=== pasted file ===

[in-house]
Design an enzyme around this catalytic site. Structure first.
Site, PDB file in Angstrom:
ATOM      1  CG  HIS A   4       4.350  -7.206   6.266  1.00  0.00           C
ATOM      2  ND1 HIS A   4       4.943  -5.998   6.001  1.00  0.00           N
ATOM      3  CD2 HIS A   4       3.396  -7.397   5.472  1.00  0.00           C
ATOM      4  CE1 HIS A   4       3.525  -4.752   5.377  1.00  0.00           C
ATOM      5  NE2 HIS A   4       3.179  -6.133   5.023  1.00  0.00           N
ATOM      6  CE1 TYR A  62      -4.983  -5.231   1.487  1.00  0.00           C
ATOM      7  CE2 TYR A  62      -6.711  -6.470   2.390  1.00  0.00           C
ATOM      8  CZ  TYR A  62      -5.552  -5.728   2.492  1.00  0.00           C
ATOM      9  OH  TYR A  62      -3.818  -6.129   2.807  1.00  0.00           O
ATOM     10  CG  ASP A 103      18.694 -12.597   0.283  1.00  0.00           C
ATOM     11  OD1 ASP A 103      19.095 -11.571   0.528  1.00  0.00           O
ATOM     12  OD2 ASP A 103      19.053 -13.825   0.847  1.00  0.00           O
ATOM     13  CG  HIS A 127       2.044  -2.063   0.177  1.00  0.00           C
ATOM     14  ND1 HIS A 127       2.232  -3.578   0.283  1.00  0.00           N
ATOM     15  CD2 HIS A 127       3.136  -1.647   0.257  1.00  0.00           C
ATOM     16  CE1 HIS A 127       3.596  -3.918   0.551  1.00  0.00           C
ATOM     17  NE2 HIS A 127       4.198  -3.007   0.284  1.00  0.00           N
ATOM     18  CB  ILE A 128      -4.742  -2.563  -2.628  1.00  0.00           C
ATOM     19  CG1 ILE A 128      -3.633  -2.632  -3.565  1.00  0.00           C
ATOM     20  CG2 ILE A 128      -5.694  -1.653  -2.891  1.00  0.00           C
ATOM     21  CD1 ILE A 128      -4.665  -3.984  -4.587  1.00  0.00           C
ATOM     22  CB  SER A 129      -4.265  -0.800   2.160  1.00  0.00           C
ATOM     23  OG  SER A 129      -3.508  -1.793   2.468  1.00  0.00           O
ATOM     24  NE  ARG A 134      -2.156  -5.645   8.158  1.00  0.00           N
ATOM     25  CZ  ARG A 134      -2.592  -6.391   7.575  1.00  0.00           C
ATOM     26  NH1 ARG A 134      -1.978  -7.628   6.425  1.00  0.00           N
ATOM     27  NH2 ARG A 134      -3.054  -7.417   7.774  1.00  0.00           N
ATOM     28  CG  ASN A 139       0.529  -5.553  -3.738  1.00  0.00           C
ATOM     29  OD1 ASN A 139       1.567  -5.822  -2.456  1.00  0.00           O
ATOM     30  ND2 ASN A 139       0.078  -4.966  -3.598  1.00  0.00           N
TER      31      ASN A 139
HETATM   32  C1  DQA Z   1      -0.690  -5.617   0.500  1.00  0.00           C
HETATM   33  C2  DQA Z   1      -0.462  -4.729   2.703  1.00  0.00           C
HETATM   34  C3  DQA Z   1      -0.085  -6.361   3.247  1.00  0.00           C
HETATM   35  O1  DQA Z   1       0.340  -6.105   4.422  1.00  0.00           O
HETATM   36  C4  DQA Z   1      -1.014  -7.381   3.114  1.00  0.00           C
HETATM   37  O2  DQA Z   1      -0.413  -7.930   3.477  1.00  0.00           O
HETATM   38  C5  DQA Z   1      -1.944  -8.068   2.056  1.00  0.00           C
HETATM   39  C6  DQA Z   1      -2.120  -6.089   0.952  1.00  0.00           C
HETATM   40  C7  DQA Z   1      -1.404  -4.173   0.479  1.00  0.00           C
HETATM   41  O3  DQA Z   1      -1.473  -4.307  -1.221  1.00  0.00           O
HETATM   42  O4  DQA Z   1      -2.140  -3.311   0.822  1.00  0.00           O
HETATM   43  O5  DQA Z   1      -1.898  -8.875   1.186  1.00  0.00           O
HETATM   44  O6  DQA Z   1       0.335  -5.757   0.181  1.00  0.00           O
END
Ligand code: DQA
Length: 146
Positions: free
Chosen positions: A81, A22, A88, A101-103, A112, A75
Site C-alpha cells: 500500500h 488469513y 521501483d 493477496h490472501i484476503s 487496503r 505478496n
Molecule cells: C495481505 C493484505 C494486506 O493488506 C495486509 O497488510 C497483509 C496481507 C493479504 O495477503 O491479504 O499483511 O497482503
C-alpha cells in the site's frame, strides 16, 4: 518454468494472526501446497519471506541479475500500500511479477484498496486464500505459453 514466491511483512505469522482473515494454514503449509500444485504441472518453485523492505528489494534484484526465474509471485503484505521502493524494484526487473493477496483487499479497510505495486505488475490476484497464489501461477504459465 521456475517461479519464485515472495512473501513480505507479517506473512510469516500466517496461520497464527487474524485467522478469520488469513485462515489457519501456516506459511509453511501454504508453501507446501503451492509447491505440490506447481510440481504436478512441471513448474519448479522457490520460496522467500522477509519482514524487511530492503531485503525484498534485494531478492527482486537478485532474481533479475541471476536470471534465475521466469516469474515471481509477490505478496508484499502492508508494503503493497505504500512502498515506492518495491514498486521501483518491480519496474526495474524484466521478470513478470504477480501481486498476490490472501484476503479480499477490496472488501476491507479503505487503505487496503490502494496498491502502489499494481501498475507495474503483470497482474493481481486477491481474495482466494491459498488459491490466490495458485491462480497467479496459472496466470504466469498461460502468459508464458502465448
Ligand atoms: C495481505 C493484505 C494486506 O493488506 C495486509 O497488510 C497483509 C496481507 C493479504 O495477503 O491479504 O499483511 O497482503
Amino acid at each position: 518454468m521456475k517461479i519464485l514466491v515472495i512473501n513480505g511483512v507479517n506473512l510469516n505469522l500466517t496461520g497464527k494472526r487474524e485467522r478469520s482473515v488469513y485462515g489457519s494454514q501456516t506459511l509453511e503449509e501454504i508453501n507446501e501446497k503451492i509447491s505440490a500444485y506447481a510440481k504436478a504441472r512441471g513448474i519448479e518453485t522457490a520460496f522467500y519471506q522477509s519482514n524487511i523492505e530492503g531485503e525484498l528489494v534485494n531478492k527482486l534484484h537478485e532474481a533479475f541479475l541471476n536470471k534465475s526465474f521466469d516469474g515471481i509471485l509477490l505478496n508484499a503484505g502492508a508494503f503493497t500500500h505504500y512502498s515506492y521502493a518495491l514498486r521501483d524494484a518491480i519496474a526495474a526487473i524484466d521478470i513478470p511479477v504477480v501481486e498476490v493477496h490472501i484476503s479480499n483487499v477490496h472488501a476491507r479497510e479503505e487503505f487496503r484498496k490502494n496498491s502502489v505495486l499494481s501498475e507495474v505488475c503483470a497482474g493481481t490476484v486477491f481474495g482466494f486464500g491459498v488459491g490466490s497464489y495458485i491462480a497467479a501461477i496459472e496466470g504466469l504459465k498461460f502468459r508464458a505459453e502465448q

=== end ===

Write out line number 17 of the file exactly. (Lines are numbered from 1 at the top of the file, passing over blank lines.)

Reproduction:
ATOM     14  ND1 HIS A 127       2.232  -3.578   0.283  1.00  0.00           N